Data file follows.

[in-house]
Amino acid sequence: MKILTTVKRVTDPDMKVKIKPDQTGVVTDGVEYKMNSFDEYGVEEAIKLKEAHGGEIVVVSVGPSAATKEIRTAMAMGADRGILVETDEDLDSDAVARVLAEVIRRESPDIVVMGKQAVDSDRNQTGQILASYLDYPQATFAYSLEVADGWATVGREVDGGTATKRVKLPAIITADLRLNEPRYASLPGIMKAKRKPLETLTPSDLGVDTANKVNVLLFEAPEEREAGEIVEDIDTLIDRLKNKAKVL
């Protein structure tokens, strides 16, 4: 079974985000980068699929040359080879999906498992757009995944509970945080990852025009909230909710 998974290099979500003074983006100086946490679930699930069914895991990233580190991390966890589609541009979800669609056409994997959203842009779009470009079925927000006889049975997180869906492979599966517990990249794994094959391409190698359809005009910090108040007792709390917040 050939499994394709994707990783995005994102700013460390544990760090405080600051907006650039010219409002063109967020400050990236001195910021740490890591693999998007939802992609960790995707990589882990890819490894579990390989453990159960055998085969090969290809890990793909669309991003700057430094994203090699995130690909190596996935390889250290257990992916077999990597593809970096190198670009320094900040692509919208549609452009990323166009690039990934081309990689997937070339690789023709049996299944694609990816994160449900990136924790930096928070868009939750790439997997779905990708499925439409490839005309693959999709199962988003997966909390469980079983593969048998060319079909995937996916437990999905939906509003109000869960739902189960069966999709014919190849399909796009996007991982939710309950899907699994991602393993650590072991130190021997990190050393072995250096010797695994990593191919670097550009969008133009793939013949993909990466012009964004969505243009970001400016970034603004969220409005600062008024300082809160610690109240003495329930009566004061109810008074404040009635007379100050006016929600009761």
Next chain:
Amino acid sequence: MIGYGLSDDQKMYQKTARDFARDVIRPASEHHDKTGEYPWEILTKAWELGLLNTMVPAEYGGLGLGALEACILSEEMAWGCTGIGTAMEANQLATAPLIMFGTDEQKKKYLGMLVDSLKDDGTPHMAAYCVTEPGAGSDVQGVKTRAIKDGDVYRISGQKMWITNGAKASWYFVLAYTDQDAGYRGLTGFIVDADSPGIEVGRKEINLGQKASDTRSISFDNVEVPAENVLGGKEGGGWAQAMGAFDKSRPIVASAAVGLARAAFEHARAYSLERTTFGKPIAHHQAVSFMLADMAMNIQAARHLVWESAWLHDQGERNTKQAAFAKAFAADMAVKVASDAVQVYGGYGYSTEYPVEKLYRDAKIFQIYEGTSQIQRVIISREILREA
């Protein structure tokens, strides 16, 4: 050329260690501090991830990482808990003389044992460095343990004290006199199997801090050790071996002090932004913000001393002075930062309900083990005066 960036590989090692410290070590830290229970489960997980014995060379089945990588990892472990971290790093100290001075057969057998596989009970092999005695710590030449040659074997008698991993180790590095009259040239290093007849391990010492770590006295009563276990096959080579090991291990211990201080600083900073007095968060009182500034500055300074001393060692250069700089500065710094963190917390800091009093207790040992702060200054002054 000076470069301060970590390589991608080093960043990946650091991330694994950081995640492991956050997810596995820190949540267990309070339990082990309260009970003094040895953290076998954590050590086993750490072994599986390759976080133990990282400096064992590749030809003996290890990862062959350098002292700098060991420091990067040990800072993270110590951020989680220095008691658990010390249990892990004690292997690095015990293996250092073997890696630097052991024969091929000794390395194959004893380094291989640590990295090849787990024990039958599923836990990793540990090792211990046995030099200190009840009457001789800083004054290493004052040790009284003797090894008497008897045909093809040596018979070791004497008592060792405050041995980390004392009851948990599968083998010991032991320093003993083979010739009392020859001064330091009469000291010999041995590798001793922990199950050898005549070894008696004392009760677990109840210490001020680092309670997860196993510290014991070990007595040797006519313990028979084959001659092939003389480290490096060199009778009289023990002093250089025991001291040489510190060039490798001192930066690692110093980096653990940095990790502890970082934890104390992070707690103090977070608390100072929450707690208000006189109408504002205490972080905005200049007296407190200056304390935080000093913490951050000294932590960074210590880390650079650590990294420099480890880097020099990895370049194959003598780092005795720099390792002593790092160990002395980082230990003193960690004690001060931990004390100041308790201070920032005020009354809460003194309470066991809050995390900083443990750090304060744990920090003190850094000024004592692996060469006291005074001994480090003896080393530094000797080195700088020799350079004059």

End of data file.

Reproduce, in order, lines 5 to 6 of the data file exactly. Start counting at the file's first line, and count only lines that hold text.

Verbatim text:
Amino acid sequence: MIGYGLSDDQKMYQKTARDFARDVIRPASEHHDKTGEYPWEILTKAWELGLLNTMVPAEYGGLGLGALEACILSEEMAWGCTGIGTAMEANQLATAPLIMFGTDEQKKKYLGMLVDSLKDDGTPHMAAYCVTEPGAGSDVQGVKTRAIKDGDVYRISGQKMWITNGAKASWYFVLAYTDQDAGYRGLTGFIVDADSPGIEVGRKEINLGQKASDTRSISFDNVEVPAENVLGGKEGGGWAQAMGAFDKSRPIVASAAVGLARAAFEHARAYSLERTTFGKPIAHHQAVSFMLADMAMNIQAARHLVWESAWLHDQGERNTKQAAFAKAFAADMAVKVASDAVQVYGGYGYSTEYPVEKLYRDAKIFQIYEGTSQIQRVIISREILREA
């Protein structure tokens, strides 16, 4: 050329260690501090991830990482808990003389044992460095343990004290006199199997801090050790071996002090932004913000001393002075930062309900083990005066 960036590989090692410290070590830290229970489960997980014995060379089945990588990892472990971290790093100290001075057969057998596989009970092999005695710590030449040659074997008698991993180790590095009259040239290093007849391990010492770590006295009563276990096959080579090991291990211990201080600083900073007095968060009182500034500055300074001393060692250069700089500065710094963190917390800091009093207790040992702060200054002054 000076470069301060970590390589991608080093960043990946650091991330694994950081995640492991956050997810596995820190949540267990309070339990082990309260009970003094040895953290076998954590050590086993750490072994599986390759976080133990990282400096064992590749030809003996290890990862062959350098002292700098060991420091990067040990800072993270110590951020989680220095008691658990010390249990892990004690292997690095015990293996250092073997890696630097052991024969091929000794390395194959004893380094291989640590990295090849787990024990039958599923836990990793540990090792211990046995030099200190009840009457001789800083004054290493004052040790009284003797090894008497008897045909093809040596018979070791004497008592060792405050041995980390004392009851948990599968083998010991032991320093003993083979010739009392020859001064330091009469000291010999041995590798001793922990199950050898005549070894008696004392009760677990109840210490001020680092309670997860196993510290014991070990007595040797006519313990028979084959001659092939003389480290490096060199009778009289023990002093250089025991001291040489510190060039490798001192930066690692110093980096653990940095990790502890970082934890104390992070707690103090977070608390100072929450707690208000006189109408504002205490972080905005200049007296407190200056304390935080000093913490951050000294932590960074210590880390650079650590990294420099480890880097020099990895370049194959003598780092005795720099390792002593790092160990002395980082230990003193960690004690001060931990004390100041308790201070920032005020009354809460003194309470066991809050995390900083443990750090304060744990920090003190850094000024004592692996060469006291005074001994480090003896080393530094000797080195700088020799350079004059």